Once you’re done with the baby bathtub, you’ll need a bath mat for your regular tub. We moved our boys to the regular bath when they were between six months and a year old (when they could reliably sit up and we’re reliably splashing gallons of water out of their baby bathtub). The bath mats we found were all small, and we imagined our squirrely kids getting beyond it and onto the slick porcelain of our tub pretty quickly.
Which is why we got the Ulti-Mat (we got it at OneStepAhead for $20 or so). Really, bath mat tech is pretty simple. Rubbery material with suction cups, ideally with some anti-bacterial coating. But this bath mat is extra-big. It covers the entire floor of our bath tub. We’ve taken it on trips with us to Grandma’s house, we love it so much.
There’s something else out there called an Ultimat, in blue and clear, but I don’t think it is the same thing. I’m not sure.
Note to readers: I’m not getting anything from listing these items. There are no affiliate links or backroom, under the table, behind the kangaroo deals here. Just our honest love for stuff that got us through babyhood. Also, I get to test a cool WordPress plugin, In Series.
As our kids start to move out of babyhood, I feel the need to tell someone about the best baby gear we came across while helping them survive to toddlerhood. I also have a pair of friends about to have a baby (Hi Denny, Hi Aprille!), who probably already have all their gear lined up, but you never know.
First up is the best baby bathtub ever. It has no temperature sensor, no cushy foam pad, no fold and pack features. It is just one, huge piece of molded plastic, but it is still the best baby tub. The Eurobath by Primo. We started our babies in it when they were the barest of infants, with this behemoth of a bath on the counter in our kitchen. The bath contours are molded such that infants can lay in it, safely cradled. Even our squirmiest baby did not manage to upend himself and drown, even while splashing and playing and giggling.
As the kids got older, we first moved the bath to our regular tub (mostly because of the copious splashing going on, the kitchen was getting too wet), then we turned the kids around, so instead of laying down at one end of the Eurobath, they were sitting up at the other end. A word of warning, the splashing only gets more impressive when they can sit up. When you’re done, it has a drain feature (though we just dumped the whole thing out, but it can get heavy if you fill it a lot), and you can hang it on a hook to dry out.
You won’t go wrong with this thing. Most places are selling it for about $25. BabyCenter users rate it 5/5 stars with 245 comments. Amazon users rate it 4.5/5 stars with 581 comments. BabiesRUs users rate it 5/5 stars on 116 comments.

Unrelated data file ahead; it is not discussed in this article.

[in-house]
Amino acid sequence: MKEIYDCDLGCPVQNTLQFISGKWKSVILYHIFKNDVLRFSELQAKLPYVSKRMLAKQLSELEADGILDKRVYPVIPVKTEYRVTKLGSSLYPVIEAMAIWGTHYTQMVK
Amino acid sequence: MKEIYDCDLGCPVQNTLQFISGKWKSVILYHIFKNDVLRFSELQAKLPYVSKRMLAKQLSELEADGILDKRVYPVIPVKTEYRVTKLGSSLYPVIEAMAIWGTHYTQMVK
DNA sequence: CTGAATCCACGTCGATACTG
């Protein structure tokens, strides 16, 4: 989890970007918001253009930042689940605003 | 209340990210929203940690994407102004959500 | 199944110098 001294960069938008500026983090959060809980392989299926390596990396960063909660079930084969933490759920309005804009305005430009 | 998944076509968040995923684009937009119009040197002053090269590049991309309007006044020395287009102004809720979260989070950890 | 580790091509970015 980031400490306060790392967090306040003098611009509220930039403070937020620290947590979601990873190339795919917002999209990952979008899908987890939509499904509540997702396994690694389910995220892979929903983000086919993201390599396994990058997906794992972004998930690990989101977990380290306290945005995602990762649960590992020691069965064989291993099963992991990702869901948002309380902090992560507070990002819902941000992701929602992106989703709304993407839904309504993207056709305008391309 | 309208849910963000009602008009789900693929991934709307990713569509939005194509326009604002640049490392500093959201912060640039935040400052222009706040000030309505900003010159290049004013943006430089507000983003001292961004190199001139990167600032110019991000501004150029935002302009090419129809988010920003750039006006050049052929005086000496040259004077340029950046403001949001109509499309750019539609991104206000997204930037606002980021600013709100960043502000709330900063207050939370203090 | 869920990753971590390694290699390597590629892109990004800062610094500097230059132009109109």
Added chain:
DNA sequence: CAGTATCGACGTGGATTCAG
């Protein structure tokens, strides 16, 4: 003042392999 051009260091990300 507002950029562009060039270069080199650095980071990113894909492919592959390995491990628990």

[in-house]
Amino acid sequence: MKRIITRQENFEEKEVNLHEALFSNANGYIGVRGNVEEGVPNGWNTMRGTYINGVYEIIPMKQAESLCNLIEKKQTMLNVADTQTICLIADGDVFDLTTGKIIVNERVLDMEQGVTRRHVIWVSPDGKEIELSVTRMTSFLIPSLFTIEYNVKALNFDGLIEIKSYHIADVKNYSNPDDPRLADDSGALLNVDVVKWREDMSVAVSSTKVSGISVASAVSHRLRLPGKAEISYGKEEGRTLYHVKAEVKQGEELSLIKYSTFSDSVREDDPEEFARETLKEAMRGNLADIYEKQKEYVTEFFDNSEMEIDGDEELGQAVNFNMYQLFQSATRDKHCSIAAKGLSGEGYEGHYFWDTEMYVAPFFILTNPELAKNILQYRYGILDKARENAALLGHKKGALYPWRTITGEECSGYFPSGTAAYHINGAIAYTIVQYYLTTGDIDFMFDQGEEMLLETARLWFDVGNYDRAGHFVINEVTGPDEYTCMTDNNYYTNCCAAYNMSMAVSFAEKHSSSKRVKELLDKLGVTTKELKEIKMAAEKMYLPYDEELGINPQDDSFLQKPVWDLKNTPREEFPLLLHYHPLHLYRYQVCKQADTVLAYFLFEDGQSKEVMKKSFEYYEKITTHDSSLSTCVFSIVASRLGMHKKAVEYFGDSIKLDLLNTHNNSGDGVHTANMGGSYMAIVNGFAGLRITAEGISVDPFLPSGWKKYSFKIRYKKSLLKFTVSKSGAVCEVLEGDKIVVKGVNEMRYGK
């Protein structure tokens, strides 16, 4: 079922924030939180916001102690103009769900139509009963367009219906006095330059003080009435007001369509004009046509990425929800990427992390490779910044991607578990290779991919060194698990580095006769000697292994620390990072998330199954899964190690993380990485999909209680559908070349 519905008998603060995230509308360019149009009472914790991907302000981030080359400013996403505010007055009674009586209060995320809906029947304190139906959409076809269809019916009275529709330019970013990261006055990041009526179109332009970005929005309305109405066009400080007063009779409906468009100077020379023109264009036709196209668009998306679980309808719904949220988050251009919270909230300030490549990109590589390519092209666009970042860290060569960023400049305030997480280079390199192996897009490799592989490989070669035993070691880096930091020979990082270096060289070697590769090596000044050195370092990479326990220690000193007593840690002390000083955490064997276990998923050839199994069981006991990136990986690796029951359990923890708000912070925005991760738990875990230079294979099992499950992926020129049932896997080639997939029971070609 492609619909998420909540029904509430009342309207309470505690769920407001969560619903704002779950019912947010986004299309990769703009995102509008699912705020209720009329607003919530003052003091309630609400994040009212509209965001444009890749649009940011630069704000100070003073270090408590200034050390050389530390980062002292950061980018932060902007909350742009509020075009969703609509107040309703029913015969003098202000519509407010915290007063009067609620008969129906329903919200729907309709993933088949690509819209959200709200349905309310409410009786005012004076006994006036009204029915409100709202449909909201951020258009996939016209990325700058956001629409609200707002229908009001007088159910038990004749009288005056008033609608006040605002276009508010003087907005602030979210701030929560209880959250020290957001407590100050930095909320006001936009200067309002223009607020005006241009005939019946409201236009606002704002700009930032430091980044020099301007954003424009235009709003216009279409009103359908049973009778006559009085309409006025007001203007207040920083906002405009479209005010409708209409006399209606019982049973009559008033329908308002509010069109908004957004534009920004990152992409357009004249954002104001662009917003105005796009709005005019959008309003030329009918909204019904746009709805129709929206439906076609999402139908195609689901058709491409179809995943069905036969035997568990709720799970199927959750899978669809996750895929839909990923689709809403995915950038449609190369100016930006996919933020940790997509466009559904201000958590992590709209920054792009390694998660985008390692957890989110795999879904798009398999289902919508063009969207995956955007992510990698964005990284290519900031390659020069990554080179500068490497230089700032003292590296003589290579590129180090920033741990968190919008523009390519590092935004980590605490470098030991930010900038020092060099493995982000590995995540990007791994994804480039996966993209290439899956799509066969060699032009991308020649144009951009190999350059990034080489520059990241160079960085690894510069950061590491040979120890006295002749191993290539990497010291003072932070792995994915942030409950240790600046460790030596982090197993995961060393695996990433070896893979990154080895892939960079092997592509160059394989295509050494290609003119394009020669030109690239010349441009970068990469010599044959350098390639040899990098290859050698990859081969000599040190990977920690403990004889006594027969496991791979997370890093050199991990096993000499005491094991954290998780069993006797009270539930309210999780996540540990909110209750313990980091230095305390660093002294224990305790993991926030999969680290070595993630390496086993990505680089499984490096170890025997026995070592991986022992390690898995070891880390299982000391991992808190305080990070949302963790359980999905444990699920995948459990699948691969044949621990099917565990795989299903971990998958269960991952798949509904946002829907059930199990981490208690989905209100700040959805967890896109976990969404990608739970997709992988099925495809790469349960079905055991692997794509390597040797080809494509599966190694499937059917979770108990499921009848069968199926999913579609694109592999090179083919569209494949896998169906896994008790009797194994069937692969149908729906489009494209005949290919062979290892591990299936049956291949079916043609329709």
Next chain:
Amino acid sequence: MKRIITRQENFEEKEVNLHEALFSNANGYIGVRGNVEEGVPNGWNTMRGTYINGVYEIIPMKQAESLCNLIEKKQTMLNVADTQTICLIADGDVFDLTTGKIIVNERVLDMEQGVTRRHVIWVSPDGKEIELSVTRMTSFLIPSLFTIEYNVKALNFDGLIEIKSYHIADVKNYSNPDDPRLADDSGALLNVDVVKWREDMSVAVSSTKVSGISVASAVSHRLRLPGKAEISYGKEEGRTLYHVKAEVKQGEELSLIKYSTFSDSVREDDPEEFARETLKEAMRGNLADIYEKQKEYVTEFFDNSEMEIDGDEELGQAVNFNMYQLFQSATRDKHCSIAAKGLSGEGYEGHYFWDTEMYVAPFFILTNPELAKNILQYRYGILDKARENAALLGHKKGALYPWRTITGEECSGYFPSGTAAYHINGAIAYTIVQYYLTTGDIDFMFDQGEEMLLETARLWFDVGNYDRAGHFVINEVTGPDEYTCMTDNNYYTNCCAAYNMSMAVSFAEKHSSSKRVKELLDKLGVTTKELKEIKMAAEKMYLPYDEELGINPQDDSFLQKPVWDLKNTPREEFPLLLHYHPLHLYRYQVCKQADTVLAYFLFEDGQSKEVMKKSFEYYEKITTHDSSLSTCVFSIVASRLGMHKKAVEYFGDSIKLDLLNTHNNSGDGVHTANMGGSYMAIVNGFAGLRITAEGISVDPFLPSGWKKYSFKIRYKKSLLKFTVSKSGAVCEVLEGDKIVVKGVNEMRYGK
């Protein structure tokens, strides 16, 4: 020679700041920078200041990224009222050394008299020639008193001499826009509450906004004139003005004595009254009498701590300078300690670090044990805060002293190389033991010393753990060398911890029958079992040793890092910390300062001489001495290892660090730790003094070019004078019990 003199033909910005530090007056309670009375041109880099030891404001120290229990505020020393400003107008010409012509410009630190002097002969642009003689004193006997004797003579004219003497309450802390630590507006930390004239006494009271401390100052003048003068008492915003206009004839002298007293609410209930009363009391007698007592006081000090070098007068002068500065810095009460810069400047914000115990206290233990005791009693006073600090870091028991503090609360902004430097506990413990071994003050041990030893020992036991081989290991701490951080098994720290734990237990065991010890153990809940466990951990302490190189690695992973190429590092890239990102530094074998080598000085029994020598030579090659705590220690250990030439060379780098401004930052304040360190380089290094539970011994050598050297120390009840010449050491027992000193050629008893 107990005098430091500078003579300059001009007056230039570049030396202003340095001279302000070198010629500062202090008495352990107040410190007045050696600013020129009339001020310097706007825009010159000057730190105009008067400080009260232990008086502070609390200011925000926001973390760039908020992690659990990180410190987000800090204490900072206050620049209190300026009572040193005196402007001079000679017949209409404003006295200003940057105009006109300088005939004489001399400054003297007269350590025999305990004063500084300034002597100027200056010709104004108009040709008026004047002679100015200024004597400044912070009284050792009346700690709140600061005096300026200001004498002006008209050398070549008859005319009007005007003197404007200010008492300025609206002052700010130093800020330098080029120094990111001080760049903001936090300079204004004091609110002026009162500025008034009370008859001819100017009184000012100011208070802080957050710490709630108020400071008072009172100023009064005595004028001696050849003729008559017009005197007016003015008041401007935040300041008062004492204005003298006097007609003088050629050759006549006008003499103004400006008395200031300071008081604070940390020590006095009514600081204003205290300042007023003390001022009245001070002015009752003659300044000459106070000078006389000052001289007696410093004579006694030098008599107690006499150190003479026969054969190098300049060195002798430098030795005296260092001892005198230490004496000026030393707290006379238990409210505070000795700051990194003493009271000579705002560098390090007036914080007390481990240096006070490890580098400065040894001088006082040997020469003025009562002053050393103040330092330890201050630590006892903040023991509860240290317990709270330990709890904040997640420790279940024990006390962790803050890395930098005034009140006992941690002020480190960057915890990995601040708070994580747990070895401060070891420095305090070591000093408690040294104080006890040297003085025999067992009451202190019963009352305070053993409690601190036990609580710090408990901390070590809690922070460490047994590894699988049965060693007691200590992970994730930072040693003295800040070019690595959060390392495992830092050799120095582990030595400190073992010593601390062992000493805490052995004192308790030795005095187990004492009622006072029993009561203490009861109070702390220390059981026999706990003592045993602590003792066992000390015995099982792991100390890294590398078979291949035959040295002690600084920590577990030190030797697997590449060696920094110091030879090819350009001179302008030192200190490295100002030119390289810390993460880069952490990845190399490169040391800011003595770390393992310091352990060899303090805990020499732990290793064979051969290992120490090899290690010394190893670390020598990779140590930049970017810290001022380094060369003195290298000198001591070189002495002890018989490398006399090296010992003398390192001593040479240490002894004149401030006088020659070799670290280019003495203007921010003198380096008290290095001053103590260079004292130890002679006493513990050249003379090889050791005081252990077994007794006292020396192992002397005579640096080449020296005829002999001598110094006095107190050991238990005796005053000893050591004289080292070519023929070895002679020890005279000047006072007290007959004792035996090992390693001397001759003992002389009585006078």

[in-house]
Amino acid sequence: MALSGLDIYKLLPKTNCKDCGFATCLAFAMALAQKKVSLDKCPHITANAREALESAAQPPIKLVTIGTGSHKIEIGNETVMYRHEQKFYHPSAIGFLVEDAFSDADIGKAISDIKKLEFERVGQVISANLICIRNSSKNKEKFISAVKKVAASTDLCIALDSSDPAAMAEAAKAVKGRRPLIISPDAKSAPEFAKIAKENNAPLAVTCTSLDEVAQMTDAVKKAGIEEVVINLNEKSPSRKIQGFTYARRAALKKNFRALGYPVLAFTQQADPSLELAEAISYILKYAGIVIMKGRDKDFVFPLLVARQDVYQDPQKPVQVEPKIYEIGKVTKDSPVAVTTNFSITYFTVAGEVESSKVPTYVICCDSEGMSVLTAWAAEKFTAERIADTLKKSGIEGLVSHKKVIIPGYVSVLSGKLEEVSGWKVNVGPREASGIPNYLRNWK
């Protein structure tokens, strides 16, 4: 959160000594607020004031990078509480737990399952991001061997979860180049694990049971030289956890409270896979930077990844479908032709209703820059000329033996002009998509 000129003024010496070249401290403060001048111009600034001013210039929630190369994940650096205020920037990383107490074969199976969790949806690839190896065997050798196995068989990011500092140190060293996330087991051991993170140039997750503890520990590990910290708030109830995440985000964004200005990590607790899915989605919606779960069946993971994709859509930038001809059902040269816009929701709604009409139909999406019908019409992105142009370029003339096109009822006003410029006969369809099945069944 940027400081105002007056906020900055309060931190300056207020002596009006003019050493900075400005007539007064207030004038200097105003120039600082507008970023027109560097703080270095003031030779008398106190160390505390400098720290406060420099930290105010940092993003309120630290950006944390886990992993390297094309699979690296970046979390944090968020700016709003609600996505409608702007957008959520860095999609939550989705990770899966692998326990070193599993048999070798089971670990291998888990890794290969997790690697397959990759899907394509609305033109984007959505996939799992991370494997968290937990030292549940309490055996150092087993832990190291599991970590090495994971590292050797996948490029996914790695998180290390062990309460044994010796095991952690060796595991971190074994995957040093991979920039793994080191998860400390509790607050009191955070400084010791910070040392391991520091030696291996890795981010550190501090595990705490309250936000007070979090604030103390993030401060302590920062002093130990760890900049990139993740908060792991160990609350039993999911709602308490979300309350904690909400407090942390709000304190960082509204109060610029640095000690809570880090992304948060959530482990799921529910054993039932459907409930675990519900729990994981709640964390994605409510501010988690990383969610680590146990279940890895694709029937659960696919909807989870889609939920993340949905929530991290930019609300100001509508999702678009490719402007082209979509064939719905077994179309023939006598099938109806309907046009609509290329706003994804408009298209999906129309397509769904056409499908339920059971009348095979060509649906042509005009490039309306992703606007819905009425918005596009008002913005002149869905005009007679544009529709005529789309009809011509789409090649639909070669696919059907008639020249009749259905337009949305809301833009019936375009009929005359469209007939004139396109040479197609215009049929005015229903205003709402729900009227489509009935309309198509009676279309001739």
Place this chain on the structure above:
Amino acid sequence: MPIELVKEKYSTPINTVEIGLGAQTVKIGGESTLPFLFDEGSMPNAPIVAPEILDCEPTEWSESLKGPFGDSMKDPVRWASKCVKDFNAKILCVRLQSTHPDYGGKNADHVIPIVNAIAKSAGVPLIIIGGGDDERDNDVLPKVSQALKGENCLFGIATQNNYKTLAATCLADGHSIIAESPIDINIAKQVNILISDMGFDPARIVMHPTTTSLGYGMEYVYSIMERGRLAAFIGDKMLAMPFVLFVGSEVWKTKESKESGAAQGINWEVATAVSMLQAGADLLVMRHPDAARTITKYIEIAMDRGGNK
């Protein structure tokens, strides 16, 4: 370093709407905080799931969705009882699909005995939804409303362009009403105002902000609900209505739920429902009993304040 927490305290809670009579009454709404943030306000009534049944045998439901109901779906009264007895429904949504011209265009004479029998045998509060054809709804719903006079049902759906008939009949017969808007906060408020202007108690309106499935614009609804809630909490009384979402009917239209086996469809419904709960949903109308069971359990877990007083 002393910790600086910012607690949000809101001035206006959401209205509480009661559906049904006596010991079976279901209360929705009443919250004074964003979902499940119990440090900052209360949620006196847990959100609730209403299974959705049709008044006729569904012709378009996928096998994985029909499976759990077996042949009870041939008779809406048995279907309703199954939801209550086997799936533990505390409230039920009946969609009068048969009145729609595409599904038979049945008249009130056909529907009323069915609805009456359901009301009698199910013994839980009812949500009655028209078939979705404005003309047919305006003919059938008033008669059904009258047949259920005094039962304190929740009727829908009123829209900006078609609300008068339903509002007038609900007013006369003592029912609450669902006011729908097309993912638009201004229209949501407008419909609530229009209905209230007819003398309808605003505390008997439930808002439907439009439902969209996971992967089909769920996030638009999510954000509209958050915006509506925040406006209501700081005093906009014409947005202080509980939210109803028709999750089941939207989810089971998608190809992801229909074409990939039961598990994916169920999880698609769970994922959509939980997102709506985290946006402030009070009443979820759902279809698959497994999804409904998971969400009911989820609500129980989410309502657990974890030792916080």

The manufacturer says it is for birth to 2 years, but we found our boys did better in the tub proper by about a year. We finally gave ours away to friends here in Lawrence. I do wish they’d named it something else though, it feels like I’m endorsing some kind of European singing competition.
I know, you’re not all torn up about this. As a further refinement of my blogging efforts, I’ve decided to stop hosting ads on this site. Especially Google’s context-sensitive AdSense ads. Turns out that a blog as eclectic as this one is a bad fit for contextual advertising. I’m open to ads in the future, if I find something that fits the blog better.
We had an ice storm earlier this week. I, along with every other individual in the Midwest ((Witness, this search on Flickr turned up over 10,000 ice storm pictures just this week)), took pictures of the cool ice capades.
I am limiting myself to just one photo, taken a day later, when the sun was shining and everything was melting. The photo looks better in the biggest size.
You may or may not have read the Master Home Computing Plan, a post where I outlined how and what my perfect home computing plan was. That post is under review right now, but a crucial element has just been introduced by a company called iospirit.
Enter Remote Buddy. Originally, this was software you installed on your Mac to enable new functions in your Apple Remote and/or your Wii remote. But now, they have added your iPhone or iPod Touch as a remote. New functions? Well, among others, the ability to control iTunes via Wifi. And not just control. All the bells and whistles are there.
Check out the movie of Remote Buddy at work on an iPod Touch. As a frustrated remote iTunes user, this is simply awesome.
Our music setup is pretty cool. We have all our music residing on an Infrant NAS. iTunes on our iMac connects to that music, and sends it out via AirTunes to an Airport Express. That is, in turn, connected to a hobby-built FM transmitter that sends the signal out over 98.5 FM, and we listen to it all over the house on our radios.
Until now, we had no way to remotely change the music. We had to fire up a laptop to run one of any number of mediocre remote itunes controllers. Or run downstairs and change it on the iMac. Hard to do gracefully when you forgot to take Mr. Hankey out of the Christmas Music Mix before family came over.
Of course, we still don’t have a way to remotely change our music, as we don’t own an iPod Touch. But the future is coming.
Thanks to bbum for finding this first.
Update: bbum has come through again, this time downloading and reviewing Apple’s own free iTunes remote for iPhone and iPod touch. He loves it.